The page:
On my occasional jaunts to the cinema my eye is inevitably drawn to the movie posters, particularly to those advertised as Coming Attractions. An art form in themselves—quite apart from their function of selling the films they advertise—I’m always struck by their individuality as well as how they sit with each other, rarely clashing but mostly complimentary.
In like manner I’d like to share with you this picture of some recent book acquisitions, perhaps the first in an occasional series (if I can be fashed). Now I shall blather on a bit about design and about content, and if you can bear it feel free to join me.
First, the acquiring: three (M R Hall, Kate Atkinson and Eva Ibbotson) are all secondhand bargains from charity shops, in decent enough condition. Of the other three, the Rowling is a present from a daughter and the Atwood and Campbell are from the local indie bookshop. This is a fair indication of how fiction usually arrives on my shelves.
Second, the attraction. M R Hall is a local-ish author who has appeared at Crickhowell’s literary festival a couple or so times, so I shall be saving this novel to read and review for Dewithon, the Wales Readathon scheduled for March; Jen Campbell is best known for writing about bookshops and bookselling, but I was drawn to this title’s promise of fractured fairytales. Meanwhile, Atkinson and Ibbotson are two authors I’ve previously enjoyed but these two novels are new to me. And having already eyed up the paperback edition of the Harry Potter playscript it’s good to have been presented with a copy!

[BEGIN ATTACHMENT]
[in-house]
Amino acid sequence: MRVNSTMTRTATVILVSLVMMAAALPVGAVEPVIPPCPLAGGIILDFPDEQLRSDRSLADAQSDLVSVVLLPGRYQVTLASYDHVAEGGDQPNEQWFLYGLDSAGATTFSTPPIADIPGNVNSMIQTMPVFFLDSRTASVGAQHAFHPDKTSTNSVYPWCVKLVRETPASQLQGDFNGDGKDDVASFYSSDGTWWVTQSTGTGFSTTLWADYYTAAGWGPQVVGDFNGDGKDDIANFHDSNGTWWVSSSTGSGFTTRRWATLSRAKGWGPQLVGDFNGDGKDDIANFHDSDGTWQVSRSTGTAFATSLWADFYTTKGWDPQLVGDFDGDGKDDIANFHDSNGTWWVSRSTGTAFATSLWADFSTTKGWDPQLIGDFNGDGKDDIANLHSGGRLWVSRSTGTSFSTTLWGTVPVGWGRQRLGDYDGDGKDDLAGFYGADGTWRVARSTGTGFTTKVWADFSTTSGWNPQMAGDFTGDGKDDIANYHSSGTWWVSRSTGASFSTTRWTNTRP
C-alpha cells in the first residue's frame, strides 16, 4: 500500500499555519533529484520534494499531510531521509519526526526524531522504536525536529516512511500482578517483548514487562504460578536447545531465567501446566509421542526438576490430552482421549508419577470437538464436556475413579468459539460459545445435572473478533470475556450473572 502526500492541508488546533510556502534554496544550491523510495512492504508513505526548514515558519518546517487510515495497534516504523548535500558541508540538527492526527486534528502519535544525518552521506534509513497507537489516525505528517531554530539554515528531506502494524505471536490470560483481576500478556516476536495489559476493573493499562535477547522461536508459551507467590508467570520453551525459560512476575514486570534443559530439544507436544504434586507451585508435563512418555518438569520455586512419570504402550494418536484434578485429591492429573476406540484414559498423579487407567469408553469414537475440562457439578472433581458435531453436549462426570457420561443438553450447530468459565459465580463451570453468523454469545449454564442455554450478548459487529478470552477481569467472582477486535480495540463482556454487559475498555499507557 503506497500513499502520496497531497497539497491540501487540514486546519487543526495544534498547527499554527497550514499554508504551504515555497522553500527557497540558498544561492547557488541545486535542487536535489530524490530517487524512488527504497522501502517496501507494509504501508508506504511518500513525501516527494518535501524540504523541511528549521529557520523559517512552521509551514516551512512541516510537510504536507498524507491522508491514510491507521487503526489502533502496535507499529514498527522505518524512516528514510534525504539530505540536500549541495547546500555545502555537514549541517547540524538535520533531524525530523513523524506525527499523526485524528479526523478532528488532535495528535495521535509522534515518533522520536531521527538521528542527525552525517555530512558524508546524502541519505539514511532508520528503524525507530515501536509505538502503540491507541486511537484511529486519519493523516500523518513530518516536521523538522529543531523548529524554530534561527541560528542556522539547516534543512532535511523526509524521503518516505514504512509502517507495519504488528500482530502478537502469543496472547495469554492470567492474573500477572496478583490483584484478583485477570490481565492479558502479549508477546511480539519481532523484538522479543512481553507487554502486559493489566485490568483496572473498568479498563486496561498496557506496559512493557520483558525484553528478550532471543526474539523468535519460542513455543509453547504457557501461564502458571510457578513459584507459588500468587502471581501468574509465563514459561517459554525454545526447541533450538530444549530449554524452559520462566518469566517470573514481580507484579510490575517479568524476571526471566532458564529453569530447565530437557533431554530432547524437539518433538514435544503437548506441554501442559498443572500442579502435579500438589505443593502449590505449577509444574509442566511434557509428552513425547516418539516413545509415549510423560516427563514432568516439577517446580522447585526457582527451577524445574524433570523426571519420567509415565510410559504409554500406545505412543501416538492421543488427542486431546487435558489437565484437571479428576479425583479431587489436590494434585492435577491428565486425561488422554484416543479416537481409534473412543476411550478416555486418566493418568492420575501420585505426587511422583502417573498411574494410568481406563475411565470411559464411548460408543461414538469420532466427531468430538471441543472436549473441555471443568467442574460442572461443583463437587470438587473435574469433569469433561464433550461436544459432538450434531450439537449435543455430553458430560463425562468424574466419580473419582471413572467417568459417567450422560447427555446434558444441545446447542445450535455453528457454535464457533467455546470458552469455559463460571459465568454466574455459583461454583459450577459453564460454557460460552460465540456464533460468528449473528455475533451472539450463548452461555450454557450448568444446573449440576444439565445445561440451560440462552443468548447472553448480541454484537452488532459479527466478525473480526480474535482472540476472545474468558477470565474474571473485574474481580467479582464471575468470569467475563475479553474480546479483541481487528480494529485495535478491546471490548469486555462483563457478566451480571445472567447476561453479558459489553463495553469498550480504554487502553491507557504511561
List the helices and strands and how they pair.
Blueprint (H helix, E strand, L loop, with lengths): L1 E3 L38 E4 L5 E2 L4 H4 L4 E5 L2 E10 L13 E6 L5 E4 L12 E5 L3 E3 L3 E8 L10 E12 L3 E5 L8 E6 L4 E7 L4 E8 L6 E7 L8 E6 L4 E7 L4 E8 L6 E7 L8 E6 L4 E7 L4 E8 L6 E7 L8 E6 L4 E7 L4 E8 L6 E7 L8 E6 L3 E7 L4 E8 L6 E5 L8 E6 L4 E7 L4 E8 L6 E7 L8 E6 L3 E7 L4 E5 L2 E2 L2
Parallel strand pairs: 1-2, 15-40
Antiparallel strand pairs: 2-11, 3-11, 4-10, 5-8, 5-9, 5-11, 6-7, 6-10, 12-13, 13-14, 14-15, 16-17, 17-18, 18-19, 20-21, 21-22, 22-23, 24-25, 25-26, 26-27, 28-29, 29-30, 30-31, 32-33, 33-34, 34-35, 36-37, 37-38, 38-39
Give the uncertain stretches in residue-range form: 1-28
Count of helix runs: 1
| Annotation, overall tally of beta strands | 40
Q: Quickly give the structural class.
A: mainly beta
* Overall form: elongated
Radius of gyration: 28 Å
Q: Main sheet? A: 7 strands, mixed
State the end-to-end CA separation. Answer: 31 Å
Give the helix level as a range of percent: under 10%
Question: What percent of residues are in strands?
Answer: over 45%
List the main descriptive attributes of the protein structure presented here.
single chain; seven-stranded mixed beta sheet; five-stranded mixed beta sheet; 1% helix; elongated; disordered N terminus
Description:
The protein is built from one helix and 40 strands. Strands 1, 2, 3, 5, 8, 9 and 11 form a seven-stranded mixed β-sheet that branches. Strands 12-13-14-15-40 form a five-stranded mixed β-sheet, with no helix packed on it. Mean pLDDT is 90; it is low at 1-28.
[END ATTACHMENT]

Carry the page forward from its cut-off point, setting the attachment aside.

Third, the appearance. The Coroner has a suitably chilly blue design as suits a murder thriller, the enigmatic silhouette and no-nonsense typeface accentuating both mystery and officialdom. The warmth of the Harry Potter and the Cursed Child cover forms a striking contrast to the Hall title, the nested figure and corvid wings suggesting symbolism yet to be deciphered.
More symbolism is inherent in Hag-Seed, Atwood’s retelling of The Tempest with, I assume, Caliban’s eye staring out balefully. A Company of Swans is Ibbotson’s tale of a wartime ballerina now repackaged for the YA market (the tale, not the dancer!) as this much less menacing photo of soulful young woman emphasises.
The sepia-tinged photo of an open door on the cover of Behind the Scenes at the Museum is subtly hinting at long-hidden secrets, surely, while the stylised patterned heart that sits amidst flowers and fishes on the front of The Beginning of the World in the Middle of the Night alludes to some of the many themes in this collection of short stories. (A review of this collection is imminent, by the way; the other titles will have to wait their turn.)
If you’ve enjoyed this preview (and I know a lot of book bloggers make such previews a feature in their posts) then I might be tempted to make it a habit. Have you read any of these? Do you have an opinion on their appearance, attractiveness or how they should be acquired? By your responses I’ll know whether to subject you to more of the same in the future!